TULSA, Okla. — House Bill 1989 asks districts to eliminate out-of-school suspensions. Students instead would take part in things like community service and counseling.
But teachers said this mandate is concerning if it doesn't come with funding.
"We have two counselors for roughly 1200 kids. That's one counselor for 600 students so they're dealing not only with mental health issues but also with enrollment for next year and making sure they have all the credits necessary to graduate high school," Union 8th Grade Center teacher Betty Collins said.
Some students said the current suspension policy caused them to look at other schooling options like charter campuses.
"In the second semester alone I missed about 45 days of school and that was just off of... suspensions for the smallest things such asking one of my peers for a piece of paper," Langston Hughes Academy senior Christian Allen said.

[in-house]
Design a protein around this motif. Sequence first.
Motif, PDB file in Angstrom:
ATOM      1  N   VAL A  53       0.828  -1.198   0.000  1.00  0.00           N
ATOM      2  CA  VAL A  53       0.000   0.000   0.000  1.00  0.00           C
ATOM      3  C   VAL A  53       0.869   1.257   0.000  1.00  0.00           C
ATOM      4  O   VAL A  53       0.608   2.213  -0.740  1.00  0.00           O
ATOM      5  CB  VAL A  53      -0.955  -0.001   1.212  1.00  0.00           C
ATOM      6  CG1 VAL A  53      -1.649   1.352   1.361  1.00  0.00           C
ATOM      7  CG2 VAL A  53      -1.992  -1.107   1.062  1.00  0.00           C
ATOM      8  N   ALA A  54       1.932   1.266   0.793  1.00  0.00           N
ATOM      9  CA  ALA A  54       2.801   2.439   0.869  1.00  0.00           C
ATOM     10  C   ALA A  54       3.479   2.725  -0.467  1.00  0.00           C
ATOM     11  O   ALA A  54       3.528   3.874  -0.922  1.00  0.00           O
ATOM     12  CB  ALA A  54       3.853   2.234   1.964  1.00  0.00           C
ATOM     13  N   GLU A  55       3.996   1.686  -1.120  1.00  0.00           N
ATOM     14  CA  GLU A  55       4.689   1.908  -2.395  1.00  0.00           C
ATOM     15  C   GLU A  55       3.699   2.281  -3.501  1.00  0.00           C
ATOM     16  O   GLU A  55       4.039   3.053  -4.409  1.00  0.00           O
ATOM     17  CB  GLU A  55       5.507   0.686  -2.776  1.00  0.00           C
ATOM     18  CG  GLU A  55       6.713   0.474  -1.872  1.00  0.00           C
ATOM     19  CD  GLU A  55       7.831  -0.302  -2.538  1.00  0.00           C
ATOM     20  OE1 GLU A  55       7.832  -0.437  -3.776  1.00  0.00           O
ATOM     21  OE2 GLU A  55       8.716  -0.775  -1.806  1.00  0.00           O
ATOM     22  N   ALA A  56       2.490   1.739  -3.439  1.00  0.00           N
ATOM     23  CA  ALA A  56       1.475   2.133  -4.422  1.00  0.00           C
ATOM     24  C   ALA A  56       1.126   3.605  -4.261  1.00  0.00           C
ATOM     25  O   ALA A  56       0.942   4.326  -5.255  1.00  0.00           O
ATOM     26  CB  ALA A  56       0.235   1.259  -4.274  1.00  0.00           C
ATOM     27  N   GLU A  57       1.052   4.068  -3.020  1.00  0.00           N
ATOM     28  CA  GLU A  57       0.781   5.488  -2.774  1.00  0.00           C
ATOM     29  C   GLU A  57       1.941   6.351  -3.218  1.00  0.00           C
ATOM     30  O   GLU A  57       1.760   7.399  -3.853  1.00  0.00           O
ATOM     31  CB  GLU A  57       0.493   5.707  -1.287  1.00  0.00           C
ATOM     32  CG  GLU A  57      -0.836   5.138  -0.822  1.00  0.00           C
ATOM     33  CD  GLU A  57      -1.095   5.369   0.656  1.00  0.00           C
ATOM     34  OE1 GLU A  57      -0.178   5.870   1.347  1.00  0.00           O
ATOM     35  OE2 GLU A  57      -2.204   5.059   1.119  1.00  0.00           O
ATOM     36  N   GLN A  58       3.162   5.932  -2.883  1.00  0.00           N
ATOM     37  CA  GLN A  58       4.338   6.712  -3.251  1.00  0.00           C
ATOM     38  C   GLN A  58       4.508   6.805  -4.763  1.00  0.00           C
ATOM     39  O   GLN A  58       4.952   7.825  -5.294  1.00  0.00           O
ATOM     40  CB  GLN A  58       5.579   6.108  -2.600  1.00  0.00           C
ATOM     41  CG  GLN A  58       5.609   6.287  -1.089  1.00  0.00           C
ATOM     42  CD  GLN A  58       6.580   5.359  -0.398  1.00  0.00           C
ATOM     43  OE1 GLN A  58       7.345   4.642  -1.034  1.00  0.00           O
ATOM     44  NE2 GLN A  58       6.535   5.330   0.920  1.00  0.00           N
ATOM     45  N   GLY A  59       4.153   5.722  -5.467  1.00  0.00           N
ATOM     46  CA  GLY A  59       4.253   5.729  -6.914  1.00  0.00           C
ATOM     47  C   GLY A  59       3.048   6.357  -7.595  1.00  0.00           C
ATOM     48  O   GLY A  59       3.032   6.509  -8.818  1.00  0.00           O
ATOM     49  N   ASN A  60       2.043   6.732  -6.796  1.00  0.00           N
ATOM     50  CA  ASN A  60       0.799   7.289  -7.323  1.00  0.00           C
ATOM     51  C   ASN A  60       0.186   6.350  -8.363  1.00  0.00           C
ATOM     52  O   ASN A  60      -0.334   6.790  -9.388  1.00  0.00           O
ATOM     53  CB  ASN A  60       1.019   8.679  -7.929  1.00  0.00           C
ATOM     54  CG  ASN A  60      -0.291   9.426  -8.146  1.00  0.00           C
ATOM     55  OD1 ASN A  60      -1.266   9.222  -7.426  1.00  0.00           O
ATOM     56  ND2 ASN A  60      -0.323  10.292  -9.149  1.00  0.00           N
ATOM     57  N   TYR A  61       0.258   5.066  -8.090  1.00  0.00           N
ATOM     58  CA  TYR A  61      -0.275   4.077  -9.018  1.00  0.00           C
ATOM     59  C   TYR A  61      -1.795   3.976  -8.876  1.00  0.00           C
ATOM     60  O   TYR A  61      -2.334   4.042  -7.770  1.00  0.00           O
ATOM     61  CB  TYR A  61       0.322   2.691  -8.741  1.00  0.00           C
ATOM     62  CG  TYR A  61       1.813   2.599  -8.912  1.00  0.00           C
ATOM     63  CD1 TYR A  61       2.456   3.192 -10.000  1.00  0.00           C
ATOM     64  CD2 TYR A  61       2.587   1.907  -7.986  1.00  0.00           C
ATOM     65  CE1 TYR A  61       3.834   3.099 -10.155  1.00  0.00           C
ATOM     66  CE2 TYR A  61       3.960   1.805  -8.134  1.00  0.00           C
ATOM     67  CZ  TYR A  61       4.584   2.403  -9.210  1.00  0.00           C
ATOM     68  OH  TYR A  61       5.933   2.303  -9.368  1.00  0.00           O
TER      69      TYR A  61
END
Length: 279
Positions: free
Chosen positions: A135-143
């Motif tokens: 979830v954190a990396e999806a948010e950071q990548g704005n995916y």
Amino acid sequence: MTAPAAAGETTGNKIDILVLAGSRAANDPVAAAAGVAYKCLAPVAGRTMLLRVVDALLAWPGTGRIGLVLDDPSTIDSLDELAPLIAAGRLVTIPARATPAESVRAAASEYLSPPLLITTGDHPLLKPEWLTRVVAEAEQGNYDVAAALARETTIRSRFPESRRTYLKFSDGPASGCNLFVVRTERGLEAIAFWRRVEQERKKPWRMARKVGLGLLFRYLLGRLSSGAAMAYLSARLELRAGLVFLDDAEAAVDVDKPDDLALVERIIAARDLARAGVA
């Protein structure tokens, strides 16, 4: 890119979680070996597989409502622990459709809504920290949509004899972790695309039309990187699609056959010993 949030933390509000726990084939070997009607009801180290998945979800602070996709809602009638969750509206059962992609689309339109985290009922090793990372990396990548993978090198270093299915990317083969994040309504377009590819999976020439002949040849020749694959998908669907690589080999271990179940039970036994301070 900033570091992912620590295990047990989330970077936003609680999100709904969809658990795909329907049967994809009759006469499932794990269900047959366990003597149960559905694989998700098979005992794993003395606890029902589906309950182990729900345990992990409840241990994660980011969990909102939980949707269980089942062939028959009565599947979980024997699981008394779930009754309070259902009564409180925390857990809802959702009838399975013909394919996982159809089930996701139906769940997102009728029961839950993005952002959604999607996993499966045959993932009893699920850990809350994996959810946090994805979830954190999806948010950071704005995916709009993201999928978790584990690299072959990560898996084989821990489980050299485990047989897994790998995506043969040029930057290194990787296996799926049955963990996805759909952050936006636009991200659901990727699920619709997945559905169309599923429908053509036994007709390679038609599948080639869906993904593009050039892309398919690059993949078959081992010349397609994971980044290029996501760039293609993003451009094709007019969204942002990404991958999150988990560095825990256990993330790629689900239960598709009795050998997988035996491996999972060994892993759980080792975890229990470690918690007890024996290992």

Allen said he attended East Central High School as a freshman, which used an accelerated suspension system. His mother tells 2 Works for You it took Allen years to catch up in credits.
"People were not looking at him as a person and not having any concern for really anything that might be going on beyond the building," Adrienne Evans said.
At Union, Collins said suspensions are only used as a worst case scenario.
"We had a boy set a fire in our bathroom on Wednesday of this week and that child is crying for help," she said.
The bill would still allow schools to give suspensions to those caught breaking the law. Campuses would also have the final say on whether a student can come back to the classroom.
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